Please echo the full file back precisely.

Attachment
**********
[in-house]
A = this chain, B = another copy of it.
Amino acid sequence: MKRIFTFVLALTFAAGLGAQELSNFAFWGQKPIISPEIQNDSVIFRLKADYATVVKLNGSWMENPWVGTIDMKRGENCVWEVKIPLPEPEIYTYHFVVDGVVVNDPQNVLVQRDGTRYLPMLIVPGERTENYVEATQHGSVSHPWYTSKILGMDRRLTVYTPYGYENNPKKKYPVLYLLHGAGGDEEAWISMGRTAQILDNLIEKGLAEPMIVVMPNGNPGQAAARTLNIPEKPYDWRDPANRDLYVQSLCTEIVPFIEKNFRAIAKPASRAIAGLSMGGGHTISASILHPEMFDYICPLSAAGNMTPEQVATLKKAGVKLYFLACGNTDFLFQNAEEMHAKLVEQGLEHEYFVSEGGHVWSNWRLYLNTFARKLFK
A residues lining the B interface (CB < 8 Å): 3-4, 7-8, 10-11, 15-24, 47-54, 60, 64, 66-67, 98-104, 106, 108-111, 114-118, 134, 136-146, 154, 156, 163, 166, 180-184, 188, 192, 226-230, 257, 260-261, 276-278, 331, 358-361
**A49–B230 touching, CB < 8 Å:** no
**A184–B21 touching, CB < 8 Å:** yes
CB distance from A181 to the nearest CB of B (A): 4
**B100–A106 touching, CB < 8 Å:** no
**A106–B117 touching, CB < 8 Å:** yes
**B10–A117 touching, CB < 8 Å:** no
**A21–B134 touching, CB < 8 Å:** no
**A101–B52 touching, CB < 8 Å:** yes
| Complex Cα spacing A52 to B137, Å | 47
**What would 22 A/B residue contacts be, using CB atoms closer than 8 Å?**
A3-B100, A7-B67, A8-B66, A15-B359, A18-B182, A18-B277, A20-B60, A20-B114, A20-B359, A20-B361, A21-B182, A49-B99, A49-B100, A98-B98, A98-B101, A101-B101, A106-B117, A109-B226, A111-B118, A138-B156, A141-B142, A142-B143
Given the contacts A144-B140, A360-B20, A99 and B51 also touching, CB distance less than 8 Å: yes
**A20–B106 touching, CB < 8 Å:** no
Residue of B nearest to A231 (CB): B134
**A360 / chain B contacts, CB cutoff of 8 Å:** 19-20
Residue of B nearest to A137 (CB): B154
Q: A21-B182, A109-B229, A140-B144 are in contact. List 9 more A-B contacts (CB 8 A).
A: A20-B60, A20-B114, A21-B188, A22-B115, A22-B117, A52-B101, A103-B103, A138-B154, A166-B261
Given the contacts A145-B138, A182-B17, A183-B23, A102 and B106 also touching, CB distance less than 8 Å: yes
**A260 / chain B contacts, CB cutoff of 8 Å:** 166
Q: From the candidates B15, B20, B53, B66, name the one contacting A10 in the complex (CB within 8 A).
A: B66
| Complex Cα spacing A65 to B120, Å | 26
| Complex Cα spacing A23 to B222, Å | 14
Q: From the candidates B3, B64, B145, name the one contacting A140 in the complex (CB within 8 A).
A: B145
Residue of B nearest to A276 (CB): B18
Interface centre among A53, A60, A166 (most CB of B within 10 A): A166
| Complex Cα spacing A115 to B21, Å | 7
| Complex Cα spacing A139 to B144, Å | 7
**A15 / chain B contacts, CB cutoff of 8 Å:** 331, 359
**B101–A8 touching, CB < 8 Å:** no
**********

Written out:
[in-house]
A = this chain, B = another copy of it.
Amino acid sequence: MKRIFTFVLALTFAAGLGAQELSNFAFWGQKPIISPEIQNDSVIFRLKADYATVVKLNGSWMENPWVGTIDMKRGENCVWEVKIPLPEPEIYTYHFVVDGVVVNDPQNVLVQRDGTRYLPMLIVPGERTENYVEATQHGSVSHPWYTSKILGMDRRLTVYTPYGYENNPKKKYPVLYLLHGAGGDEEAWISMGRTAQILDNLIEKGLAEPMIVVMPNGNPGQAAARTLNIPEKPYDWRDPANRDLYVQSLCTEIVPFIEKNFRAIAKPASRAIAGLSMGGGHTISASILHPEMFDYICPLSAAGNMTPEQVATLKKAGVKLYFLACGNTDFLFQNAEEMHAKLVEQGLEHEYFVSEGGHVWSNWRLYLNTFARKLFK
A residues lining the B interface (CB < 8 Å): 3-4, 7-8, 10-11, 15-24, 47-54, 60, 64, 66-67, 98-104, 106, 108-111, 114-118, 134, 136-146, 154, 156, 163, 166, 180-184, 188, 192, 226-230, 257, 260-261, 276-278, 331, 358-361
**A49–B230 touching, CB < 8 Å:** no
**A184–B21 touching, CB < 8 Å:** yes
CB distance from A181 to the nearest CB of B (A): 4
**B100–A106 touching, CB < 8 Å:** no
**A106–B117 touching, CB < 8 Å:** yes
**B10–A117 touching, CB < 8 Å:** no
**A21–B134 touching, CB < 8 Å:** no
**A101–B52 touching, CB < 8 Å:** yes
| Complex Cα spacing A52 to B137, Å | 47
**What would 22 A/B residue contacts be, using CB atoms closer than 8 Å?**
A3-B100, A7-B67, A8-B66, A15-B359, A18-B182, A18-B277, A20-B60, A20-B114, A20-B359, A20-B361, A21-B182, A49-B99, A49-B100, A98-B98, A98-B101, A101-B101, A106-B117, A109-B226, A111-B118, A138-B156, A141-B142, A142-B143
Given the contacts A144-B140, A360-B20, A99 and B51 also touching, CB distance less than 8 Å: yes
**A20–B106 touching, CB < 8 Å:** no
Residue of B nearest to A231 (CB): B134
**A360 / chain B contacts, CB cutoff of 8 Å:** 19-20
Residue of B nearest to A137 (CB): B154
Q: A21-B182, A109-B229, A140-B144 are in contact. List 9 more A-B contacts (CB 8 A).
A: A20-B60, A20-B114, A21-B188, A22-B115, A22-B117, A52-B101, A103-B103, A138-B154, A166-B261
Given the contacts A145-B138, A182-B17, A183-B23, A102 and B106 also touching, CB distance less than 8 Å: yes
**A260 / chain B contacts, CB cutoff of 8 Å:** 166
Q: From the candidates B15, B20, B53, B66, name the one contacting A10 in the complex (CB within 8 A).
A: B66
| Complex Cα spacing A65 to B120, Å | 26
| Complex Cα spacing A23 to B222, Å | 14
Q: From the candidates B3, B64, B145, name the one contacting A140 in the complex (CB within 8 A).
A: B145
Residue of B nearest to A276 (CB): B18
Interface centre among A53, A60, A166 (most CB of B within 10 A): A166
| Complex Cα spacing A115 to B21, Å | 7
| Complex Cα spacing A139 to B144, Å | 7
**A15 / chain B contacts, CB cutoff of 8 Å:** 331, 359
**B101–A8 touching, CB < 8 Å:** no